Linux Capabilities and Ping

If you are running a recent version of Linux (time of writing May 2016), you might encountered this error with ping:

$ ping somehost
ping: icmp open socket: Operation not permitted

It happens because the ping binary is no longer installed with setuid root rights. It doesn’t have the required priveliges to open the socket, and fails. The quick fix is to type:

$ sudo setcap cap_net_raw+p /bin/ping

Assuming your ping binary is at /bin/ping. Now it works:

$ ping somehost
PING somehost ( 56(84) bytes of data.
64 bytes from icmp_seq=1 ttl=53 time=9.14 ms

You have just added a Linux “capability” to the ping binary, which has given ping the rights to open a raw socket, which has allowed it to ping the target system.

Linux Capabilities

Linux Capabilities provide fine-grained control over the sorts of privileged activities a process or thread can perform. Traditionally there have been only two levels of privilege: root and non-root. A process executing as root, or super user, could do most things on the system. A non-root process had control only over the elements that it owned or was granted access to.

In the past, before Capabilities, ping and other system tools were installed with setuid root permissions, like this:

$ ls -l /bin/ping
-rwsr-xr-x 1 root root 44168 May  7  2014 /bin/ping

The “s” in the permission string represents the setuid bit, and it means that ping will be executed with root level permissions, even if invoked by a non-root user. Ping needs higher privileges to work properly. Here are some other programs installed as setuid root on Red Hat 6.5, by default:

$ find /bin -perm +4000 -ls
652330   76 -rwsr-xr-x   1 root     root        77336 Aug  6  2013 /bin/mount
656520   32 -rwsr-x---   1 root     fuse        32336 Nov  3  2011 /bin/fusermount
652317   36 -rwsr-xr-x   1 root     root        36488 Sep 17  2013 /bin/ping6
652333   56 -rwsr-xr-x   1 root     root        53472 Aug  6  2013 /bin/umount
652316   40 -rwsr-xr-x   1 root     root        40760 Sep 17  2013 /bin/ping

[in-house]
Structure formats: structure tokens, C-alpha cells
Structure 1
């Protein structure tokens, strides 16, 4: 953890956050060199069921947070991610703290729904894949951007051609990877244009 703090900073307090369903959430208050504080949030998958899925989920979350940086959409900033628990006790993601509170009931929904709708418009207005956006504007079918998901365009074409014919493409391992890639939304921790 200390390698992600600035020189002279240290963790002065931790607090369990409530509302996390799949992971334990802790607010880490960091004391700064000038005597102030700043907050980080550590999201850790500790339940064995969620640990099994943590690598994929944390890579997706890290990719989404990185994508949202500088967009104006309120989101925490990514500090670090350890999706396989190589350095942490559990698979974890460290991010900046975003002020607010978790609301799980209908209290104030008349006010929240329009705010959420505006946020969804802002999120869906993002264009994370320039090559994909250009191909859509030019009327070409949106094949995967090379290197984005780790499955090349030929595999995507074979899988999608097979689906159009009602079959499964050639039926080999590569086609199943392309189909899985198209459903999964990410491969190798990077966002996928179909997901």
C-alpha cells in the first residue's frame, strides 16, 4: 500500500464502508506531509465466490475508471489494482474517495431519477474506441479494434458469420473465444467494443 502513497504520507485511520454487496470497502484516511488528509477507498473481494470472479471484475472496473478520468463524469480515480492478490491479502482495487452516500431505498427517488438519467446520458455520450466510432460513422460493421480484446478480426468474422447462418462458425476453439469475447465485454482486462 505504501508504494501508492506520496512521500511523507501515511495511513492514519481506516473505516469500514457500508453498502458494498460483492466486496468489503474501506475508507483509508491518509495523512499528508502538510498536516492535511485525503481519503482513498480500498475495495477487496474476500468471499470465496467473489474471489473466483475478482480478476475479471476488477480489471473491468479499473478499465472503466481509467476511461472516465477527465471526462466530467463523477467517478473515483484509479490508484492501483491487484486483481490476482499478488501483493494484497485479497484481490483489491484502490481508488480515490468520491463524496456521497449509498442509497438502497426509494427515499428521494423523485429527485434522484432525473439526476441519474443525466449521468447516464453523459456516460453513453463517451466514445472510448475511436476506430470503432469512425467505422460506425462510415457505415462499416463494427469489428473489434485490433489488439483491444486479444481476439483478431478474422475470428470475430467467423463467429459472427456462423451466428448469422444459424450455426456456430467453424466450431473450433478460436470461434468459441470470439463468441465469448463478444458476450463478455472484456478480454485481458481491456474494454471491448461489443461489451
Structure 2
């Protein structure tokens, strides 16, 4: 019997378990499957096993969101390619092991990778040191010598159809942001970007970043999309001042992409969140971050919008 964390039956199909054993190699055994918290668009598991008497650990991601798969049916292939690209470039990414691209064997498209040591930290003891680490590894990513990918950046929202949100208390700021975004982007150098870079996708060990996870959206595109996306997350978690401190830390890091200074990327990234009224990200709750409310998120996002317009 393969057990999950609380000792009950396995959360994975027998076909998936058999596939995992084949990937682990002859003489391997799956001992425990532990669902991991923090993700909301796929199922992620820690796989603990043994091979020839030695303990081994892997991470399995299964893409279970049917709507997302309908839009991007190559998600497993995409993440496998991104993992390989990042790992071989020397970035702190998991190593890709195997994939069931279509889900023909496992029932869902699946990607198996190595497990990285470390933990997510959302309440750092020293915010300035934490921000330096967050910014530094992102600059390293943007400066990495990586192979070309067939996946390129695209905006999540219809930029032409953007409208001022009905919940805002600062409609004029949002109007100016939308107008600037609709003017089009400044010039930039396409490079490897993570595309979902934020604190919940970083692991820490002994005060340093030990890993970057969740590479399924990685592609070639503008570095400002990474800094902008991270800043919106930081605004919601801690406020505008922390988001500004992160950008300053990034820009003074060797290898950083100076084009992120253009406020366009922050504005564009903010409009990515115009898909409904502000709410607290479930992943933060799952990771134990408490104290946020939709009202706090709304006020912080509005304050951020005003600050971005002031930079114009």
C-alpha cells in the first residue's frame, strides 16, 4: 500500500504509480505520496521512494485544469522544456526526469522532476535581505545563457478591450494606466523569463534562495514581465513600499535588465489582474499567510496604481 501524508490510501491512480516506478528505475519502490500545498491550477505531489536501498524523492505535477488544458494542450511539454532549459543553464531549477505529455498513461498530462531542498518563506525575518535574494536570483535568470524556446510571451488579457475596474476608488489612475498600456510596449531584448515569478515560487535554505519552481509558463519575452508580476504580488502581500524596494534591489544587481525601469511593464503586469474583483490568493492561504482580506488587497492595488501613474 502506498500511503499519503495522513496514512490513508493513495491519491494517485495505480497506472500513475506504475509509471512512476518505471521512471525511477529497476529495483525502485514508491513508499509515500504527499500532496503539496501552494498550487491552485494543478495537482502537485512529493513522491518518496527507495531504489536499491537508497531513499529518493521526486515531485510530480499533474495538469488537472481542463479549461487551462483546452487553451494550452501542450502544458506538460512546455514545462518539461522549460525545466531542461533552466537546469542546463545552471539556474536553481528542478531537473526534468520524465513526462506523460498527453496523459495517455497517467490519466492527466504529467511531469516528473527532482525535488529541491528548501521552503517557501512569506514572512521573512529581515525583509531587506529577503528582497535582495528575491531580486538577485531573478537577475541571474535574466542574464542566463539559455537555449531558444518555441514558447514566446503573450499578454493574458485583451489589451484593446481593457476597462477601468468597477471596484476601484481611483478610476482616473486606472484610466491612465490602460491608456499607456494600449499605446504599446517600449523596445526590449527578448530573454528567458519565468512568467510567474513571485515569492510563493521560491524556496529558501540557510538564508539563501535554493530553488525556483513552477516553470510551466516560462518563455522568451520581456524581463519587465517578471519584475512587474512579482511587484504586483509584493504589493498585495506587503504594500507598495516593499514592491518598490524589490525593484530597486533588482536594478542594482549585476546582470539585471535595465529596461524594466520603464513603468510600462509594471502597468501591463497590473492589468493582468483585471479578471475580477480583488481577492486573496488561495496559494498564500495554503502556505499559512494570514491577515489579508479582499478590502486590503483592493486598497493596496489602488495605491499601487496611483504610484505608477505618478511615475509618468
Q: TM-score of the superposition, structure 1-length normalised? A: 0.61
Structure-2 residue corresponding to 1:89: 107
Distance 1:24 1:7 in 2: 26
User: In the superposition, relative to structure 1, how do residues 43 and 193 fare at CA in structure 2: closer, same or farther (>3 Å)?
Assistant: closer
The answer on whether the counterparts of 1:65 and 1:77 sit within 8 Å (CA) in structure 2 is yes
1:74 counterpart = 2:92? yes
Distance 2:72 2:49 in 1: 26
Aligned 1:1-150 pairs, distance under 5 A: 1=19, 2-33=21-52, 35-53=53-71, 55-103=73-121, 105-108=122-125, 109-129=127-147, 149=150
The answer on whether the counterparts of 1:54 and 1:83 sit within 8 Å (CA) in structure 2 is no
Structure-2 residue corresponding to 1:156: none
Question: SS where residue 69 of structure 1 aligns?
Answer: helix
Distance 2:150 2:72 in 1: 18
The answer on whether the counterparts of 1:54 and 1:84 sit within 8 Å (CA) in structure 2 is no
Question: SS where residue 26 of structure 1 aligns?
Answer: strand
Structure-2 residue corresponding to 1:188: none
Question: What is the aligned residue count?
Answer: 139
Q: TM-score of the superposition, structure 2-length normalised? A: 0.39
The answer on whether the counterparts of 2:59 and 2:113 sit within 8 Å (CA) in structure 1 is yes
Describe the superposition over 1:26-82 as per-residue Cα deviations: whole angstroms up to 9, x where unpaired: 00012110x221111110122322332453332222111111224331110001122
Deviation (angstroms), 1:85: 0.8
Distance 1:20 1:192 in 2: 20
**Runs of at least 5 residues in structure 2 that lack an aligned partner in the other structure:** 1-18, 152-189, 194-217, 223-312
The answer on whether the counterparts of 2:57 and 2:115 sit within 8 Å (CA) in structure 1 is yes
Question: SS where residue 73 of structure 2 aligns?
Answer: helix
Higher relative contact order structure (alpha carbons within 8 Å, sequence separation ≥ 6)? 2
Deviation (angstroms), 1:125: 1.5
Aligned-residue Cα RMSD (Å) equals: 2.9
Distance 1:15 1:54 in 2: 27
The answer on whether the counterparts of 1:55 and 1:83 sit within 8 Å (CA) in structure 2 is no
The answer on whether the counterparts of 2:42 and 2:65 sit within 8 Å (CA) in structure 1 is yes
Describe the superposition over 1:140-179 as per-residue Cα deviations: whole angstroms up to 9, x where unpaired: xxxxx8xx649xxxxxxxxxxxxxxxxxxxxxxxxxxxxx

651661   36 -rwsr-xr-x   1 root     root        34904 Oct 17  2013 /bin/su

Dangers of Setuid Programs

The setuid mechanism works well and is quite widespread. However, it represents poor security. A process running as setuid obtains far greater permissions than it actually needs. Ping needs to open a raw network socket, and root rights conferred through setuid allow it to do that, but they also give ping many other powers which it doesn’t need. If the ping binary were overwritten by a hacked version, for example, malicious code could run with full superuser privileges.

That is one reason why capabilities are more desirable than simple setuid solutions, and are being used more widely with each Linux release.

Capability Sets

Above, a capability called cap_net_raw was given to the ping binary. Cap_net_raw is one of a large number of available capabilities, about 38 according to the capabilities man page.

Each thread, or process, has three sets of capabilities associated with it: Permitted, Inheritable and Effective. In the example above, the “+p” in our “setcap cap_net_raw+p /bin/ping” command added the cap_net_raw capability to the ping binary’s Permitted capability set, meaning that a subsequent ping process (or thread) would obtain the corresponding rights. Capability sets, as they belong to files and threads, are quite well explained in the above man page.